In a decision approved for publication, the New Jersey Appellate Division recently affirmed the dismissal of a potential purchaser’s claim for a constructive trust as to foreclosed land, holding that the potential purchaser’s claim to an interest on foreclosed property cannot be sustained because a foreclosure and sheriff’s sale extinguishes any interest in or unrecorded right to purchase the property. See Woodmont Props. v. Twp. of Westampton, 2022 N.J. Super. LEXIS 13 (App. Div. Feb. 7, 2022). In the case, plaintiff Woodmont Properties, LLC (“Woodmont”) contracted to purchase a large tract of undeveloped land (the “Property”) from non-party Hovbros Burlington LLC (“Hovbros”). However, a week later, Hovbros obtained a loan from TD Bank, which was secured by a mortgage on the Property. Plaintiff alleges that TD Bank had knowledge of the contract, that the contract itself or other oral discussions precluded Hovbros from encumbering the property in an amount greater than eighty percent of the purchase price, and that despite this knowledge, TD Bank later encumbered the property to an extent in excess of the purchase price. Hovbros defaulted on the loan from TD Bank before the closing with Woodmont on the Property. As a result, TD Bank filed a complaint seeking foreclosure on the Property and filed a notice of lis pendens two weeks later. Despite having knowledge of the foreclosure action, Woodmont did not attempt to intervene. It also did not record the contract with the County Clerk as doing so would have constituted a default under the contract. While the foreclosure was pending, Woodmont and the Township of Westampton (“Westampton”) entered into a redevelopment agreement for Woodmont to develop the parcel. Westampton terminated the agreement, however, after Woodmont failed to obtain the title to the land.
Final judgment of foreclosure was entered on September 25, 2015 and the Property was sold at a sheriff’s sale to TD Bank seventeen months later. TD Bank assigned its interest to defendant COBA, Inc., (“COBA”) which received a sheriff’s deed. COBA then contracted to sell the property to defendant MRP Industrial NE, LLC (“MRP”). In November 2018, Woodmont filed an action against Westampton and its township committee, TD Bank, COBA and MRP, alleging, among other things, that: (1) Westampton and its township committee breached the redevelopment agreement; (2) TD Bank tortiously interfered with the redevelopment agreement and Woodmont’s contract with Hovbros; (3) COBA obtained title to the property through TD Bank’s tortious interference; and (4) all defendants entered into a civil conspiracy to interfere with and deprive Woodmont of its rights under both the contract and the redevelopment agreement. Defendants moved to dismiss. After allowing limited discovery, the trial court granted TD Bank and COBA’s motions to dismiss, finding that Woodmont’s claim of an interest in the subject property failed because the foreclosure and sheriff’s sale cut off any interest in or right to purchase the Property. The claims against Westampton and MRP were separately dismissed on later occasions.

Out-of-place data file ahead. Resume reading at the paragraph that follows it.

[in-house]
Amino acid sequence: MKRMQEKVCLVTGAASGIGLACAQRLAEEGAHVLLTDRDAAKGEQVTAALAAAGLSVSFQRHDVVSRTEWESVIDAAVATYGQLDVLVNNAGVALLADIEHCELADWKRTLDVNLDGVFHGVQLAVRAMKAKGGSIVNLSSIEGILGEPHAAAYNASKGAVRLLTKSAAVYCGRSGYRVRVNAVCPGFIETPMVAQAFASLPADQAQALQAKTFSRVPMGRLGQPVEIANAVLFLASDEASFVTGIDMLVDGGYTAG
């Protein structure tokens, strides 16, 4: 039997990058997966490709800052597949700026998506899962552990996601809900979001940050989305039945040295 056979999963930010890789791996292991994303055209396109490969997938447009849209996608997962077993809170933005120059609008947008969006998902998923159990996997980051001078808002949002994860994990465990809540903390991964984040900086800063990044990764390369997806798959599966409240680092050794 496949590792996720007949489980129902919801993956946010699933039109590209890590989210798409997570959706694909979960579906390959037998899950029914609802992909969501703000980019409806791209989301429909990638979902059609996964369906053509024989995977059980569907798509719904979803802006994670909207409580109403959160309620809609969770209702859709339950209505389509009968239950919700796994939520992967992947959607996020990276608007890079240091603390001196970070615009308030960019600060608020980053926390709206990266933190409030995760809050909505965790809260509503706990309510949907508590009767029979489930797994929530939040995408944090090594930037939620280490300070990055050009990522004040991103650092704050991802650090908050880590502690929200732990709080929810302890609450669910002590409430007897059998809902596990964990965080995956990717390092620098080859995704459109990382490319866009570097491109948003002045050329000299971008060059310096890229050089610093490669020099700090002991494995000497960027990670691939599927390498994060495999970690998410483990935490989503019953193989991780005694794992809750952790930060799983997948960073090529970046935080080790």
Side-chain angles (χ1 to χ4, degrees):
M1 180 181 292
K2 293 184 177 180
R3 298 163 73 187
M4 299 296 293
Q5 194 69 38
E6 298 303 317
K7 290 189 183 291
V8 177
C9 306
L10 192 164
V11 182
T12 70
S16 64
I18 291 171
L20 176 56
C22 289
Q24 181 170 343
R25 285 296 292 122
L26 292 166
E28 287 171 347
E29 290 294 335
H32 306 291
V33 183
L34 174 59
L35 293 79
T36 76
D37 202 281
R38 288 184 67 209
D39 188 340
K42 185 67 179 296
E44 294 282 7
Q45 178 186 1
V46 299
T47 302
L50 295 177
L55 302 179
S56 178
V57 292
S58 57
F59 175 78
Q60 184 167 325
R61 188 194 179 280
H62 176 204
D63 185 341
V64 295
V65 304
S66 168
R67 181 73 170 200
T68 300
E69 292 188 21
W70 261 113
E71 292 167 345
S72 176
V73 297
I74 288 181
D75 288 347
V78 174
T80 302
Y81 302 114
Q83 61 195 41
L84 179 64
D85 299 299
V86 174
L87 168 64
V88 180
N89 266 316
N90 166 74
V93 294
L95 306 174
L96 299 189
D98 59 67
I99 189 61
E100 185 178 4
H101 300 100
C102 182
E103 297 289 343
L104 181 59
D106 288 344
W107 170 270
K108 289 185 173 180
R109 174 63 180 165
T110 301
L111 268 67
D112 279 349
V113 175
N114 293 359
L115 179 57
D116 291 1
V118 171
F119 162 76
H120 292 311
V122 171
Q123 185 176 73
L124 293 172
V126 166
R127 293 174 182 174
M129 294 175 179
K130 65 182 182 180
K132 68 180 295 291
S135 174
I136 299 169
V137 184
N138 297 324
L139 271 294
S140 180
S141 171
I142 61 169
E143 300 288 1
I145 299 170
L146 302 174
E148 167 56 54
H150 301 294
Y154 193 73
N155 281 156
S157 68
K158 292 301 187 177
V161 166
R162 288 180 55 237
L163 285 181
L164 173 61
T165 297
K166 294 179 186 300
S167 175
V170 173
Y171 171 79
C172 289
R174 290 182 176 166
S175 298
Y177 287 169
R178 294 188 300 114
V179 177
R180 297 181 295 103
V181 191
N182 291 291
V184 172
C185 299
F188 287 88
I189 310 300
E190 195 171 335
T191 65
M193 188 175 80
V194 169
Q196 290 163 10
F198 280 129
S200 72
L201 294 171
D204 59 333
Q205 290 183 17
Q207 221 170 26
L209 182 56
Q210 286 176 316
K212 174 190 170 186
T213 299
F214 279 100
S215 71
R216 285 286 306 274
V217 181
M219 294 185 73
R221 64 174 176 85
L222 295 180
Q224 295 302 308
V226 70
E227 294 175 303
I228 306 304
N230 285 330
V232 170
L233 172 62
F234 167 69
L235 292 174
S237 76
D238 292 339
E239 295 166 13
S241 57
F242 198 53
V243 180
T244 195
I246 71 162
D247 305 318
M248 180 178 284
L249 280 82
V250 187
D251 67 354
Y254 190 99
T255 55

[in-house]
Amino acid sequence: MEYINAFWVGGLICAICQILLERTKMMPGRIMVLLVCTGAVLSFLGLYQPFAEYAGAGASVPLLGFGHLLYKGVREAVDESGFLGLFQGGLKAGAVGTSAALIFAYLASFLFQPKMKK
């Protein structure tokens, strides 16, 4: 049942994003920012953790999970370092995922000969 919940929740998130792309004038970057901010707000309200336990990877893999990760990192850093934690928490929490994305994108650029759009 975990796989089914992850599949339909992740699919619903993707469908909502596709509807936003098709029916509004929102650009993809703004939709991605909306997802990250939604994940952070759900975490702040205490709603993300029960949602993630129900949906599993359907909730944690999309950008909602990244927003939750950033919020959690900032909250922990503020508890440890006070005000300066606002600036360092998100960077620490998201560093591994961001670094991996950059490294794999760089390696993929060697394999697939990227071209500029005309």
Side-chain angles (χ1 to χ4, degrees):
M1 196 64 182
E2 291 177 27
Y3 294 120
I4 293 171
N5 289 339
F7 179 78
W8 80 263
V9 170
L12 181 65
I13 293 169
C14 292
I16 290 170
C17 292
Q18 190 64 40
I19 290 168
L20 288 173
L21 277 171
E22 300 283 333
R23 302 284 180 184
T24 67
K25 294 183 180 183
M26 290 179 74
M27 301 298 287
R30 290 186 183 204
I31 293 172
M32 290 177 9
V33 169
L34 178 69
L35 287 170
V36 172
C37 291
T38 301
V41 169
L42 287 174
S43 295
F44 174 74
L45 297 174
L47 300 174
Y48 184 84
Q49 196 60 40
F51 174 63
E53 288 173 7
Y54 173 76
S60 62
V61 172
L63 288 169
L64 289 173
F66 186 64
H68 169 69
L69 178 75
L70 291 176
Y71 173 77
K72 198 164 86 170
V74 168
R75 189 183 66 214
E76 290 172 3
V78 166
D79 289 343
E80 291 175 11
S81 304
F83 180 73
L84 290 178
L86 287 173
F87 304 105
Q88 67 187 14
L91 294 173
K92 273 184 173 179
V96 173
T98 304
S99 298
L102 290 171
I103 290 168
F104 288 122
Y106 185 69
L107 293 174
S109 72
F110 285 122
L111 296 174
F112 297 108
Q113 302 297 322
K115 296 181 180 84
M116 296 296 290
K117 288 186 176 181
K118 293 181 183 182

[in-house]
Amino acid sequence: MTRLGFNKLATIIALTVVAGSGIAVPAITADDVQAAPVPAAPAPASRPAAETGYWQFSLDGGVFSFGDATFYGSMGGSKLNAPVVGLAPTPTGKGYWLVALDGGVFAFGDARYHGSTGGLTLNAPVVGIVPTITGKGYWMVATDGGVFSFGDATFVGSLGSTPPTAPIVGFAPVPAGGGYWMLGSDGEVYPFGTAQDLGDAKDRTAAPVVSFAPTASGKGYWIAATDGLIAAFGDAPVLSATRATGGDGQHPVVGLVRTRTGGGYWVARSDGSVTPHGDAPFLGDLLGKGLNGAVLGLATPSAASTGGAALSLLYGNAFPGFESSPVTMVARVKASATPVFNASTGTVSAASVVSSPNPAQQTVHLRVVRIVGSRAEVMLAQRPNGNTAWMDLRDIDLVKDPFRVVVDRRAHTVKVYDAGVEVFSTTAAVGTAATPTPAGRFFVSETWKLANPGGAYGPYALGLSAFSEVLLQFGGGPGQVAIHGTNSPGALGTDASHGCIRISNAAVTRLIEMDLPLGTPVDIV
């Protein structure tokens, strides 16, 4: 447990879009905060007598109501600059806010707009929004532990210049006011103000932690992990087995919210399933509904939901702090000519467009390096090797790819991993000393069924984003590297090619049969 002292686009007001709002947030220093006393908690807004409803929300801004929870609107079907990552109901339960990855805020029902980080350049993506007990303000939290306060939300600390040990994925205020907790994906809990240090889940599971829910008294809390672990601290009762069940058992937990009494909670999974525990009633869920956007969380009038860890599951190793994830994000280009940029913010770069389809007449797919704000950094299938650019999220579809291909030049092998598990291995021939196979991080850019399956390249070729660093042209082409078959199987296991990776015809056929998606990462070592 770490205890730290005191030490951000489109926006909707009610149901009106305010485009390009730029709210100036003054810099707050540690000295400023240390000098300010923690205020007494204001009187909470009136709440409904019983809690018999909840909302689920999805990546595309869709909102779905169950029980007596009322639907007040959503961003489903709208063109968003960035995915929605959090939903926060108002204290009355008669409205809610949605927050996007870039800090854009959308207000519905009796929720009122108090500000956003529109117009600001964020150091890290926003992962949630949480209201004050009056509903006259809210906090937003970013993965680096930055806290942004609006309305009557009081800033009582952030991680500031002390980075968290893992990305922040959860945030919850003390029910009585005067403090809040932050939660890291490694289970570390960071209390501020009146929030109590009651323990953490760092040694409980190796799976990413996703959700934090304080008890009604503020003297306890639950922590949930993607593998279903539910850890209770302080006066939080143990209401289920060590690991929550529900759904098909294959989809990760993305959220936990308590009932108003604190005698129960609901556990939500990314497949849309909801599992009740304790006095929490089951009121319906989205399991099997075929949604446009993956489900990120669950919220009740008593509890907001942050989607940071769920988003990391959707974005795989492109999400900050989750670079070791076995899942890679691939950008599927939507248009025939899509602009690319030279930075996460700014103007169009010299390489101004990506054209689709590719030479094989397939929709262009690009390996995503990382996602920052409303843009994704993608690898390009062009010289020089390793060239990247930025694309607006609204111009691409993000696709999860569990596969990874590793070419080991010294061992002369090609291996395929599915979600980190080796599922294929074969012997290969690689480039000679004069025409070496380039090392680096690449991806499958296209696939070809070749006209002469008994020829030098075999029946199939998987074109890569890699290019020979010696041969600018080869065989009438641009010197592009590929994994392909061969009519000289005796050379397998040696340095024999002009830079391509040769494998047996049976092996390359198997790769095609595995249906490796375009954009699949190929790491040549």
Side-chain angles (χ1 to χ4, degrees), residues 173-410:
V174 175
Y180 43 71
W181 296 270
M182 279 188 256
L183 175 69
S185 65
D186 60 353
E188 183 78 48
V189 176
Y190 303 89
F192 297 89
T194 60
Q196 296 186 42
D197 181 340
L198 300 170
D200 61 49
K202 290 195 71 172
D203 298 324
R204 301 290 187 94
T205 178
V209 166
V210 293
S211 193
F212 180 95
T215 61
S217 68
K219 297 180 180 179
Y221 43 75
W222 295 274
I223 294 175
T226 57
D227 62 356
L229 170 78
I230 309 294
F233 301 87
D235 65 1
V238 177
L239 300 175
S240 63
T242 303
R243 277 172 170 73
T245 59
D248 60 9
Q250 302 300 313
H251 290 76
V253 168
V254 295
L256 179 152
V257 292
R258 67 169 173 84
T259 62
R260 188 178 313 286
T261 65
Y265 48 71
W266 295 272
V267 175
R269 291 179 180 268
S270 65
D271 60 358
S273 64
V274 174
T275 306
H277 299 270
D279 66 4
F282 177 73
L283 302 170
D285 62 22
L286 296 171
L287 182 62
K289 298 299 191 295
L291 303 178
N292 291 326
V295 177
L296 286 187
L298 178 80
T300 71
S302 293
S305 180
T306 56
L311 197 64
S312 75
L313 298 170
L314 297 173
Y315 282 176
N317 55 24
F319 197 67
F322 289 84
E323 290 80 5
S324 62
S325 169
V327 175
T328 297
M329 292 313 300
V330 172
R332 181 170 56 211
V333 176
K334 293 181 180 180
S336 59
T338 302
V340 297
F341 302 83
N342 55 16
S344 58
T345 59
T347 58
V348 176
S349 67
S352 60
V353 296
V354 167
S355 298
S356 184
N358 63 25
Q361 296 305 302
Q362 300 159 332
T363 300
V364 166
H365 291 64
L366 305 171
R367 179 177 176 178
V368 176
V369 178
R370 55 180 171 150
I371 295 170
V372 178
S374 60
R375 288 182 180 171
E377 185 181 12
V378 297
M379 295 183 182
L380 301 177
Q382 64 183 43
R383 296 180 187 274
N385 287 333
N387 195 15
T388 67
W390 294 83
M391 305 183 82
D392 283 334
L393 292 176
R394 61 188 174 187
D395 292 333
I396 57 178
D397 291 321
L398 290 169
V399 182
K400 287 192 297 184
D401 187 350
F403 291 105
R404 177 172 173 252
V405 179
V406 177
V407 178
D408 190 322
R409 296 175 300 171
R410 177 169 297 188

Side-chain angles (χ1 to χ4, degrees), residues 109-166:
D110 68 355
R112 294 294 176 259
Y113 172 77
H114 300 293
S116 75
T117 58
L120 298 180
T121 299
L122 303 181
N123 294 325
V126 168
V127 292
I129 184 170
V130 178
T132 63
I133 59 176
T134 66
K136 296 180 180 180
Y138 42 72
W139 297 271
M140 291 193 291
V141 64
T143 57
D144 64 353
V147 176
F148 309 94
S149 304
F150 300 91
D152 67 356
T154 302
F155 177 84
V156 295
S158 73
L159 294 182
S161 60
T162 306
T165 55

On appeal, the Court affirmed in part and reversed and remanded in part. First, the Court agreed with the trial court that Woodmont’s claim to a continuing interest in the Property could not be sustained because the foreclosure and sheriff’s sale cut off any interest in or right to purchase the Property. In so holding, the Court addressed a 2004 trial court decision in PNC Bank v. Axelsson, 373 N.J. Super. 186 (Ch. Div. 2004), in which the Axelsson court held that a sheriff’s sale purchaser who purchased a property with actual knowledge of an unrecorded easement was subject to that easement because “a purchasing mortgagee with knowledge should not emerge from a [sheriff’s] sale in a better position with respect to an unrecorded interest than existed prior to the sale.” The Court here found that Axelsson is inconsistent with N.J.S.A. 2A:50-30 and “out of step” with the contrary holding of the State’s then highest court in Marcy v. Larkin, 99 N.J. Eq. 429 (E. & A. 1926) and Walter v. Introcaso, 135 N.J.L. 461 (E. & A. 1947), both of which remain binding. In Marcy, the Court held that it was immaterial whether or not the mortgagee in the foreclosure suit had actual or constructive knowledge of a contract purchaser’s interest before foreclosing and thus, the contract purchaser’s interest was cut off by the foreclosure. In Walter, the Court again found a mortgagee’s knowledge immaterial in considering whether an unrecorded easement was cut off by a sheriff’s sale. The Court also noted that “[i]n calculating the reach of the foreclosure sale, Axelsson made the mistake of placing the burden on the foreclosing mortgagee to join known unrecorded interests and not on the unrecorded-interest holder to intervene.”
Next, the Court found that Woodmont’s claims against Westampton must fail because the redevelopment agreement was conditioned on Woodmont obtaining title to the Property. Notwithstanding the foregoing, the Court found that Woodmont might have a viable claim against TD Bank for tortiously interfering with its contractual rights, at least at the motion to dismiss stage. Thus, the Court affirmed in part, and reversed and remanded for further proceedings as to Woodmont’s claim against TD Bank for tortiously interfering with Woodmont’s contracts with Hovbros and Westampton.
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